Friday, February 22, 2013
Classic Films in Focus: REBECCA (1940)
The screenplay sticks remarkably close to the original material. A nameless young woman (Joan Fontaine), the paid companion of a disagreeable old busybody (Florence Bates), falls in love with Maxim de Winter (Laurence Olivier), a wealthy but emotionally withdrawn widower. Maxim marries the girl and carries her away to his fabulous estate, Manderley, where she encounters the lingering presence of the previous Mrs. de Winter, Rebecca, throughout the house, particularly because Rebecca's insanely devoted servant, Mrs. Danvers (Judith Anderson), runs the place as if Rebecca were still there. Little by little, the new Mrs. de Winter uncovers bits and pieces of the first Mrs. de Winter's story, leading to a dramatic revelation from Maxim about Rebecca's true nature and the circumstances of her mysterious death.
The film's fidelity to the novel was something that Selznick insisted upon; the opening credits even identify Rebecca as a "picturization" of the novel. It was a source of conflict between the producer and his director, and it affects the whole film. Hitch wanted to capture the mood of the literature without slavishly recreating it, but Selznick pretty much got his own way, and Rebecca suffers because of that. It is much too long, with too many shots of Joan Fontaine crying and wringing her hands helplessly, and not nearly enough of Mrs. Danvers, who is absolutely the best thing going on in the whole picture. The novel's tension and insidious power stemmed from its deeply subjective, interior perspective of the heroine's thoughts, something that could not be translated onto film. In the novel, the spectral Rebecca exists solely within her replacement's imagination, but there she takes insidious shape, almost possessing the heroine at times. In the adaptation, Rebecca lacks this power; we see her initials and her things, but we don't feel her the way that we do in du Maurier's text. If Selznick had allowed Hitchcock to recreate that delightful paranoid sensibility by changing the screenplay more, it would have made a better movie. As it is, watching Rebecca is a lot like viewing a series of illustrations for the novel; you see the scene but miss what's going on behind it.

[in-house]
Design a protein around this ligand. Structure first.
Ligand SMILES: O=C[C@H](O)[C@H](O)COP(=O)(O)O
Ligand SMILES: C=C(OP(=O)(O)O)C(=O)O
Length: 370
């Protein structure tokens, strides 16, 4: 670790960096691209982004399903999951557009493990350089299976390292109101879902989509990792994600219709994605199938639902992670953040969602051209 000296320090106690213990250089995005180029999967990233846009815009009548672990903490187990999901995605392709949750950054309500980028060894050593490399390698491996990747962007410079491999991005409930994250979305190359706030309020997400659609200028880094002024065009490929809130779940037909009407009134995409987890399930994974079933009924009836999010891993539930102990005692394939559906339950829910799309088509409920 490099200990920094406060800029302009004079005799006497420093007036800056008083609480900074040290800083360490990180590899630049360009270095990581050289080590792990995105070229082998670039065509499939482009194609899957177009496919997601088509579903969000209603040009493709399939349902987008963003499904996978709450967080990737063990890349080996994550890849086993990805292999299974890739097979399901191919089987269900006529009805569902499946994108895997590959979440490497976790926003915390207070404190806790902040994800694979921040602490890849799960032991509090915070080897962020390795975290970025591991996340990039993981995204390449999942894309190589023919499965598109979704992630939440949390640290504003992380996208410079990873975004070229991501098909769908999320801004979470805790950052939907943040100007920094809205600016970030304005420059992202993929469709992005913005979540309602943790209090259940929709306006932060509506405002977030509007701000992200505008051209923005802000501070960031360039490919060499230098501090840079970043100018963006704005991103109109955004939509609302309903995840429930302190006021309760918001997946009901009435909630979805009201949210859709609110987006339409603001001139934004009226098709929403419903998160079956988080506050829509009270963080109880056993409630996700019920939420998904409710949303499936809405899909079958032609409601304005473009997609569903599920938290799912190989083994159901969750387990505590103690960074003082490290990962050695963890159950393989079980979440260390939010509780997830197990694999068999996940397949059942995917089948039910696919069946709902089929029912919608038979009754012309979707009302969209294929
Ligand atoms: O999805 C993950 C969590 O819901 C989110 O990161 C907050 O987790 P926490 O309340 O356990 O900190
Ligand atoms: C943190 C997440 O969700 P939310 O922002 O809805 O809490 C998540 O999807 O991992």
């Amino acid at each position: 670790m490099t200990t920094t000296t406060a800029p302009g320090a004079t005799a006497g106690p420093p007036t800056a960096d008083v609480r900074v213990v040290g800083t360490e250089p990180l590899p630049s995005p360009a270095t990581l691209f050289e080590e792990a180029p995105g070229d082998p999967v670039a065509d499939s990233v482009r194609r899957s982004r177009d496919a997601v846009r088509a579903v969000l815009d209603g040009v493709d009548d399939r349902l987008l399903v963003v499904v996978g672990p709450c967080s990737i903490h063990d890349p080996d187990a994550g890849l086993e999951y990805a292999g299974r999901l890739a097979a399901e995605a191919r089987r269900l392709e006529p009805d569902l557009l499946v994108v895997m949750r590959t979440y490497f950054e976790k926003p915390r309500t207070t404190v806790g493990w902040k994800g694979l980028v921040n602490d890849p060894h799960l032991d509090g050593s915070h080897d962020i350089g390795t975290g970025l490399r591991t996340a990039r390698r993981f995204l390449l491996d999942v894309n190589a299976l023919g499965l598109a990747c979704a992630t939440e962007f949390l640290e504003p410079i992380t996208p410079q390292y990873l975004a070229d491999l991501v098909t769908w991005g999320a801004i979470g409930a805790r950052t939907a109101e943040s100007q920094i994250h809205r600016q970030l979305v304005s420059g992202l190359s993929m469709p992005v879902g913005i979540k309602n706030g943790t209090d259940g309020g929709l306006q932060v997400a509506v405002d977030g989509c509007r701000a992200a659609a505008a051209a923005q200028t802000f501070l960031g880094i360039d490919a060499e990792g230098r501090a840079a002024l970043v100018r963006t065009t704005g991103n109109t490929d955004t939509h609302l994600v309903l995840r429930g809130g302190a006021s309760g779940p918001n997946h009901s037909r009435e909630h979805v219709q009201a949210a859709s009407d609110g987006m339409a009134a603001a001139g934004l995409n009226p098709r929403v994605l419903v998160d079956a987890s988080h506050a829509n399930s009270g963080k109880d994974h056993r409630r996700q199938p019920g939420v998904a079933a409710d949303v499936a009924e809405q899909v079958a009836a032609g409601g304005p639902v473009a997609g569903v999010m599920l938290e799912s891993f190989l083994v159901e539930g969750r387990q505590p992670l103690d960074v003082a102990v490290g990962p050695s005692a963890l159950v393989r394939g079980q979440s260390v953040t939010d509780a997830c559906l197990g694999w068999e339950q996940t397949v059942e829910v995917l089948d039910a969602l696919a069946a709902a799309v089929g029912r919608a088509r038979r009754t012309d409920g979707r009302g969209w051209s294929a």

None of this is really the fault of the performers, but it limits what they can do. Olivier is too distant and cold by half; he had reportedly wanted Vivien Leigh for the heroine's part, and perhaps his coldness is as much toward Joan Fontaine as it is toward her character. Fontaine's heroine spends most of the movie in tears, cringing awkwardly at every social encounter and adoring Maxim with the irritating enthusiasm of a puppy. It's never clear why we are supposed to believe that Maxim loves her, except perhaps in that she is the opposite of Rebecca. I much prefer Fontaine as the tougher title character in Jane Eyre (1944), an interesting casting choice since the novel Rebecca was itself a revision of Charlotte Bronte's Gothic masterpiece.
Many classic movie fans adore Rebecca, and I'll admit that my familiarity with the novel might be a major factor in my own less enthusiastic response to the film. If you're looking for more Gothic romance, try Dragonwyck (1946) with Gene Tierney and Vincent Price. See more of Joan Fontaine in The Women (1939), Suspicion (1941), and Ivanhoe (1952). Olivier is best remembered today for literary films like Wuthering Heights (1939), Pride and Prejudice (1940), and Hamlet (1948). For more of the great Judith Anderson, try Laura (1944) and The Strange Love of Martha Ivers (1946).
An earlier version of this review originally appeared on Examiner.com. The author retains all rights to this content.